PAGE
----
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This little 3ft Blue shark (prionace glauca) was one of a dozen or so circling our
research boat on May 24. By the end of the day we had seen roughly twenty
individuals ranging from 2ft-5ft. Blue sharks can reach 13ft and weigh several
hundred pounds. They are quite curious and their persistent and sometimes bold
nature makes them excellent subjects for photography. CFC/PSRF
|May 24, 1997. It's early in the year for Blue sharks ( prionace glauca) but they
didn't seem to mind.
|March 27, 1997. These Orcas were observed in the Monterey Bay above the
Soquel Hole by Pelagic I. Part of a transient pod the whales in this clip are a young
adult female flanked by two sub adults. PSRF
|March 27, 1997. Part of the transient pod, this orca, CA44, also known as "Tab"
(because of the distictive tab on her dorsal fin) passes the bow of Pelagic I. Van
|March 27, 1997. Again, the same transient pod on maneuvers. Once these efficient
predators choose their pray the outcome is certainly in their favor. Van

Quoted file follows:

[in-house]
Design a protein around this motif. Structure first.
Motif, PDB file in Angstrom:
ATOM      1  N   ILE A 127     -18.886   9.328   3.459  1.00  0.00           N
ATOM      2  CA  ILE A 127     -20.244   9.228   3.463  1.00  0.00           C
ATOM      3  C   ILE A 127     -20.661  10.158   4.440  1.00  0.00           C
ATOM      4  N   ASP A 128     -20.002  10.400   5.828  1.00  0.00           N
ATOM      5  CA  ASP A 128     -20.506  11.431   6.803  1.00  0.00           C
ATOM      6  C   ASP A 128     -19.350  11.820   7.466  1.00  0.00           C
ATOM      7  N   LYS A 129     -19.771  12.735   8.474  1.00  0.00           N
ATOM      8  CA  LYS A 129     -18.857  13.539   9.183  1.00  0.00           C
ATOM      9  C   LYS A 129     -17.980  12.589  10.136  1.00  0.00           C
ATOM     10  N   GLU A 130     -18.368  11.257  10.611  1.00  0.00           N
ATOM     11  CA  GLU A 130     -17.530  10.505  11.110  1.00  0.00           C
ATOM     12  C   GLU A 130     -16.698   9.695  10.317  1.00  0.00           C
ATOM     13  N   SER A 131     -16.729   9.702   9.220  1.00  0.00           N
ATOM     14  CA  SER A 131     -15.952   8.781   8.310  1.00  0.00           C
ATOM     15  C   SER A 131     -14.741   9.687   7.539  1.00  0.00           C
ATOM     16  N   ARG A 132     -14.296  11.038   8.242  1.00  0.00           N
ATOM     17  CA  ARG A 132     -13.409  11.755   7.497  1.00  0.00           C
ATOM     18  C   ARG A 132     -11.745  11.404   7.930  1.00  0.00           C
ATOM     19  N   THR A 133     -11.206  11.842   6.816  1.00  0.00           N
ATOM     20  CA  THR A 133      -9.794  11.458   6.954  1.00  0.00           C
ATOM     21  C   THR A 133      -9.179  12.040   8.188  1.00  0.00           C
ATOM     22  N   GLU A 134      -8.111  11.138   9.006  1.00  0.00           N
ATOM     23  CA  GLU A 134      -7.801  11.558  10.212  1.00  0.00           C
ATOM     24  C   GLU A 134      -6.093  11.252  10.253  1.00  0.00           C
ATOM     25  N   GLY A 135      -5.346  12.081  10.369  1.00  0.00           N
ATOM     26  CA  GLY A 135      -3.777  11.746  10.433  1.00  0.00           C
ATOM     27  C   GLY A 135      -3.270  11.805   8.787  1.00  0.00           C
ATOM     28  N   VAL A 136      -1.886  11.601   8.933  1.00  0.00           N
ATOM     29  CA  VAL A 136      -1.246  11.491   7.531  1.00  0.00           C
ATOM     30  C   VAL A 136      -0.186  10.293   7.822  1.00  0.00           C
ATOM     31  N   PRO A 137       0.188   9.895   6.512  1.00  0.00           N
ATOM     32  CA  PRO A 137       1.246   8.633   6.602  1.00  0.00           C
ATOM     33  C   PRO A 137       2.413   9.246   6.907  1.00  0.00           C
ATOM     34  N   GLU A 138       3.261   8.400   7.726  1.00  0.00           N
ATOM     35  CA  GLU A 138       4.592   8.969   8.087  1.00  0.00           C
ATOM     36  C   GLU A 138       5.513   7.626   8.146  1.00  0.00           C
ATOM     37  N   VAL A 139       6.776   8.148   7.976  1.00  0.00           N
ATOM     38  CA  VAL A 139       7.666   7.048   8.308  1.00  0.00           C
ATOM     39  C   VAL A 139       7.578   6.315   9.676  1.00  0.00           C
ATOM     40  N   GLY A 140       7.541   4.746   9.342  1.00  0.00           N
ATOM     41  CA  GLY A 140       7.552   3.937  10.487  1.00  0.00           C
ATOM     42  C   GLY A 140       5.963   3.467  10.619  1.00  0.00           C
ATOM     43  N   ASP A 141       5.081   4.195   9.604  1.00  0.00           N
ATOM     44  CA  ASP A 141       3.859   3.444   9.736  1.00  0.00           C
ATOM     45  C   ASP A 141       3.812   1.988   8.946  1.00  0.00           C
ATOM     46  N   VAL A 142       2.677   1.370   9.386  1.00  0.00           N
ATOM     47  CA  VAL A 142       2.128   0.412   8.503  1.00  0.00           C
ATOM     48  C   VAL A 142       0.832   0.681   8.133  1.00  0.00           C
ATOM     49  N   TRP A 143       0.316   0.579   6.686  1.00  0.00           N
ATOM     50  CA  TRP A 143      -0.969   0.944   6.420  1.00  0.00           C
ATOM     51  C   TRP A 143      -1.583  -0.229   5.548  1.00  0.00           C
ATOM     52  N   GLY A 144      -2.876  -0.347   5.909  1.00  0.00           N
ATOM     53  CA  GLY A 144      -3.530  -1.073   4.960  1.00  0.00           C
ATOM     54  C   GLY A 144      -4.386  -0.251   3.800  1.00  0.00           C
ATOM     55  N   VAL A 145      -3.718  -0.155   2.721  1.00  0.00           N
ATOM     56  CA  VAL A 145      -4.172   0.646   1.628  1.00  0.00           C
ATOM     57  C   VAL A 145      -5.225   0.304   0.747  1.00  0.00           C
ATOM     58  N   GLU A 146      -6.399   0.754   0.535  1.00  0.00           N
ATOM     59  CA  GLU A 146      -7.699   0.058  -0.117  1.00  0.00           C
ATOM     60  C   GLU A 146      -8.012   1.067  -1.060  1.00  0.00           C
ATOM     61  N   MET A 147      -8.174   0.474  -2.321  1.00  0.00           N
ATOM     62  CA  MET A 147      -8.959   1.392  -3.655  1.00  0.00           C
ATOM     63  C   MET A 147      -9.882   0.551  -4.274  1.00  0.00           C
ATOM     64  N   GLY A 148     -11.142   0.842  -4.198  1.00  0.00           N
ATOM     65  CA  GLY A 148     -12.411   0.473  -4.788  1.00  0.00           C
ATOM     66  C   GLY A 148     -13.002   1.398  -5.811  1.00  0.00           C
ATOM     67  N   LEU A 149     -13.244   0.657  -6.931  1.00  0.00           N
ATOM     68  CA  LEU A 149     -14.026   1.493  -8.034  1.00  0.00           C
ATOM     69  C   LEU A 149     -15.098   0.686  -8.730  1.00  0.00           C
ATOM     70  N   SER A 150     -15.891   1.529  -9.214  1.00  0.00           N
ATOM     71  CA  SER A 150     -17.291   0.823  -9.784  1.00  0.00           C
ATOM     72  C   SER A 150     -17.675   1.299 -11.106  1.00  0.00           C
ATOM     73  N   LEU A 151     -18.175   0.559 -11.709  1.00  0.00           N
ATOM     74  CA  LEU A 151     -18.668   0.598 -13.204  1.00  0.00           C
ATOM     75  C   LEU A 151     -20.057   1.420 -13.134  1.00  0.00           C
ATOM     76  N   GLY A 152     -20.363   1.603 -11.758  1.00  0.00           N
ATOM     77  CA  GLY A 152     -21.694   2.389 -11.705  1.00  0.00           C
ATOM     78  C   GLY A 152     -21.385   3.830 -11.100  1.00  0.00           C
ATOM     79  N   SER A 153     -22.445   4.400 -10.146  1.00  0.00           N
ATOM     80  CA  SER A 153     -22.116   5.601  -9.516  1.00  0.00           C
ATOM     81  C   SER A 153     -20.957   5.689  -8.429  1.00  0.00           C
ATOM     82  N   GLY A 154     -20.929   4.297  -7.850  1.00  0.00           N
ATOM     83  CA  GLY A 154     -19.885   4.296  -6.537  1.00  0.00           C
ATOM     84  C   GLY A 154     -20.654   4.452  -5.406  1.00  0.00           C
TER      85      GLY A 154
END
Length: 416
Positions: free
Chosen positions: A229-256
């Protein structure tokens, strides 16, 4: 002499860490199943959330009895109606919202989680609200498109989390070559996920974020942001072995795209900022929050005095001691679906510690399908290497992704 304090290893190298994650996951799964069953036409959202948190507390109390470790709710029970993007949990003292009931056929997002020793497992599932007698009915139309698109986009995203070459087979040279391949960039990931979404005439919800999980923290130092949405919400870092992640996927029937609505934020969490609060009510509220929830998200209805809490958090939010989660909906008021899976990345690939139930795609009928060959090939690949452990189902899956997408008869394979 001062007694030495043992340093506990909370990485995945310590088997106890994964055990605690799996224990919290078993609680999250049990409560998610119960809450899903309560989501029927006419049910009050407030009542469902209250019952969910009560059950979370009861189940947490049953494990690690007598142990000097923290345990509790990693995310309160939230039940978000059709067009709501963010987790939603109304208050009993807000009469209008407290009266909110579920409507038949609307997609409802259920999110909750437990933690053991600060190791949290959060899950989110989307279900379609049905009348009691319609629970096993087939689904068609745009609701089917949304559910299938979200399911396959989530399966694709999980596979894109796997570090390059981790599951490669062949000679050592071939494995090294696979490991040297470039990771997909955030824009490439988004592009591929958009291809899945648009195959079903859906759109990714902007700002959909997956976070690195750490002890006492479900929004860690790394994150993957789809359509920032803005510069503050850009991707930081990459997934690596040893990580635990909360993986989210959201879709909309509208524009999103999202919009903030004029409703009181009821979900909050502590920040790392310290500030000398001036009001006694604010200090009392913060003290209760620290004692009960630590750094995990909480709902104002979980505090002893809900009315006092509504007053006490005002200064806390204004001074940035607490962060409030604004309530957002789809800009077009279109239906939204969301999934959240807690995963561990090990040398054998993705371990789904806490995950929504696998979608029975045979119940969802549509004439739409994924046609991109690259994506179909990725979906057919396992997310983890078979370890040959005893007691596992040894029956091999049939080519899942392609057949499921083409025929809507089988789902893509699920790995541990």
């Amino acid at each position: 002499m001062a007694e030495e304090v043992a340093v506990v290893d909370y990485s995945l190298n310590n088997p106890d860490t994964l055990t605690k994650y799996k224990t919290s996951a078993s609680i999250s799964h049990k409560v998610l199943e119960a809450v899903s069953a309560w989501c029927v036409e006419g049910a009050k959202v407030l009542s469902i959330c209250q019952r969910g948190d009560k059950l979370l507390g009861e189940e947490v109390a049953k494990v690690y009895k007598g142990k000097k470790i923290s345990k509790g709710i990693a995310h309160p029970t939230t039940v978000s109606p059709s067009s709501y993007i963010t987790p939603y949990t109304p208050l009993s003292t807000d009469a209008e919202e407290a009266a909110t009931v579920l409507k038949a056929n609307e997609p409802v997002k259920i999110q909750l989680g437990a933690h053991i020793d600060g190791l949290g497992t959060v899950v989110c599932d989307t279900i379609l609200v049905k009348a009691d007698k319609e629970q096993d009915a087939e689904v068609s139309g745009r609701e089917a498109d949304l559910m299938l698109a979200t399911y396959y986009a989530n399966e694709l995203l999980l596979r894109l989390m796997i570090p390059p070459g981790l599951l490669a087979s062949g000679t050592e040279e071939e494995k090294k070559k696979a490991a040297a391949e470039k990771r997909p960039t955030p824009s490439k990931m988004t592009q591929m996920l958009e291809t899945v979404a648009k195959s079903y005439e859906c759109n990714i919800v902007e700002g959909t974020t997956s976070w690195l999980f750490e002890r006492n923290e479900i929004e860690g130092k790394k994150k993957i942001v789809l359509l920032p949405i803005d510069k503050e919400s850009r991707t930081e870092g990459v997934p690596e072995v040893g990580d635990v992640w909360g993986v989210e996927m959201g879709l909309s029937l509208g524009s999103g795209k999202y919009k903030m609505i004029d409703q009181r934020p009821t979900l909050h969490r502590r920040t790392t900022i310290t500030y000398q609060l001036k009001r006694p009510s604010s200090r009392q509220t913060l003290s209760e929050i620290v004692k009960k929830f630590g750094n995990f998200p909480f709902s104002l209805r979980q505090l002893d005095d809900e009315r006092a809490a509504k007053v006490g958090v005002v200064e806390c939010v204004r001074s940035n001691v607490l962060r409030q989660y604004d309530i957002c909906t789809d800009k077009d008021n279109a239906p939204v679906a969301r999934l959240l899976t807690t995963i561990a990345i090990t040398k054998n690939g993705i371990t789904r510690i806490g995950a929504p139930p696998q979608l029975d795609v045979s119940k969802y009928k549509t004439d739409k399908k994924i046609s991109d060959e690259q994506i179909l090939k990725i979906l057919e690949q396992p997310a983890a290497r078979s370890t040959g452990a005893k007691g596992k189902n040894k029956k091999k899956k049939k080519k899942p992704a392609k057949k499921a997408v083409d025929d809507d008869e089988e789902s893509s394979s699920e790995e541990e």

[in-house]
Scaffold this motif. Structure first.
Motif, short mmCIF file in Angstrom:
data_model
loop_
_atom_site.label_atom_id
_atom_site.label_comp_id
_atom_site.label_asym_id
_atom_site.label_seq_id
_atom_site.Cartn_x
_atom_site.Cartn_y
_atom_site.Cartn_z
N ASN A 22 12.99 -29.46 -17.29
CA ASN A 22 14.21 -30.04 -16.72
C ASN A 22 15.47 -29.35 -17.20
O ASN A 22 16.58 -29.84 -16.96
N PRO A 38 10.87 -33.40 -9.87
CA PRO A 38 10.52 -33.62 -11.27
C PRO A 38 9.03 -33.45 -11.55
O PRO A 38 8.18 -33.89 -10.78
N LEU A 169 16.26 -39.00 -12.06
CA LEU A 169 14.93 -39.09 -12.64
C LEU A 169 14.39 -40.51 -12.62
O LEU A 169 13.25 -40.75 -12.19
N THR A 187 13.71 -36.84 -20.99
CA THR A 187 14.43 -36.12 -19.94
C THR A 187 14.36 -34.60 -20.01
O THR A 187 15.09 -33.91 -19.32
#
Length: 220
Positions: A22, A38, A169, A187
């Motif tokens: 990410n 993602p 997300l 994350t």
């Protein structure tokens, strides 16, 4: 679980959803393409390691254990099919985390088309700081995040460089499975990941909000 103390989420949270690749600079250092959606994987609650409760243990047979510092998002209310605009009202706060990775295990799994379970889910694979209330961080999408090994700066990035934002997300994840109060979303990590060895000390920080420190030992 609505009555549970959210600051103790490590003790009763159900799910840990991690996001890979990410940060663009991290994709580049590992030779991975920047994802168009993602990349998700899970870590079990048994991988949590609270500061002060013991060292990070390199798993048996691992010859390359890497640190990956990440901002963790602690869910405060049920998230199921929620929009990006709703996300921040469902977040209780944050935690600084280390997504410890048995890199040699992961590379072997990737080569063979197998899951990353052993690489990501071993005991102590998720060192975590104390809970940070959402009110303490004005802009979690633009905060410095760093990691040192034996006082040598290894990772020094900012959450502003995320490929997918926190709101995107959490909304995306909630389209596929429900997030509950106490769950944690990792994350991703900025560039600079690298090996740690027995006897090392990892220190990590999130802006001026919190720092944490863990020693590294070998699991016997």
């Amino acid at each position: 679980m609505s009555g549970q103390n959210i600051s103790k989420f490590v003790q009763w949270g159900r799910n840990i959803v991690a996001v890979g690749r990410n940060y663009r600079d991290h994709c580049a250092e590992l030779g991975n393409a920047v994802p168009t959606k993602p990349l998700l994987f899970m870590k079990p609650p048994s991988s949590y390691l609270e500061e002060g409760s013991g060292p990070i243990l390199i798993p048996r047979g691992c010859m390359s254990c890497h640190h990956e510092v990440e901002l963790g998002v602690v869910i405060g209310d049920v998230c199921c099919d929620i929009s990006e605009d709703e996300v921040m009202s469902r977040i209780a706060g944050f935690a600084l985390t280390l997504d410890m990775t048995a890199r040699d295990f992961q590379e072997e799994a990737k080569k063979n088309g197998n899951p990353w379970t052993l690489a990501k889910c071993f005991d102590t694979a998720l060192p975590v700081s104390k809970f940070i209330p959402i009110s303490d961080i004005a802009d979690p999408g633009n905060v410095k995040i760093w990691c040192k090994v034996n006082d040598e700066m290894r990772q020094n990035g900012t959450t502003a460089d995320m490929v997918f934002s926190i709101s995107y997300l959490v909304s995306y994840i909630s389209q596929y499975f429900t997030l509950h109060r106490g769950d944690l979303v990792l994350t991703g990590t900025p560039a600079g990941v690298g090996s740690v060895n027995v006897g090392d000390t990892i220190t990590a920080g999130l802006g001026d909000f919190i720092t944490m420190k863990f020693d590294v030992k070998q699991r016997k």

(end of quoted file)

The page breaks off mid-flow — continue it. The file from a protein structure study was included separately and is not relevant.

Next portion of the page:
|December 20, 1996. This clip shows clearly the sex of this 14ft Great White. The
absense of claspers tells us that this is a female. We were able to tag this particular
|December 20, 1996. Another shot of this female making a slow pass on Pelagic
|December 18, 1996. This impressive Great White shark (carcharadon carcharius)
was about 18ft and made our research boat (22ft) seem some how inadequate.
Even more impressive however is the ease and speed with which they can move.
We gave this one the name of Long Shanks because it was trailing about six or
seven feet of longlining gear hooked to its back. CFC/PSRF
|December 18, 1996. Our second shark on this day joined Long Shanks about 40
min. later. The young ones tend to be much bolder than their seniors. Close
inspection of the boats outdrive or even a nibble on the prop is not uncommon. A
possible explanation for this would be the electrical field given off by the zinc
anodes used to keep the metal prop from decaying. CFC/PSRF< /FONT FACE="Arial">
|December 18, 1996. What are you looking at? Long Shanks' young companion
comes in for a closer look. CFC/PSRF
|January 17, 1997. We were able to tag this 14ft female. This shark must have seen
a lot of action judging by the scars on her. CFC/PSRF
|January 5, 1997. Clips like this of dosal and caudial fins are valuable tools for
identifying individual White sharks (carcharadon carcharius). This shark was
aproximately 13-14ft long and our encounter was cut short by rapidly deteriorating
|Another good ID shot of our Jan. 5 White shark. CFC/PSRF
|Jelly fish can be abundant in the Monterey bay area. At times they seem to fill the
whole bay. This particular specimen was about 2.5ft wide and
about 4ft long. CFC/PSRF
|Large congregations of birds in a compact area are good indicators of misc.
predatory activities. CFC/PSRF
|Alien space craft on Jupiters second moon. CFC/PSRF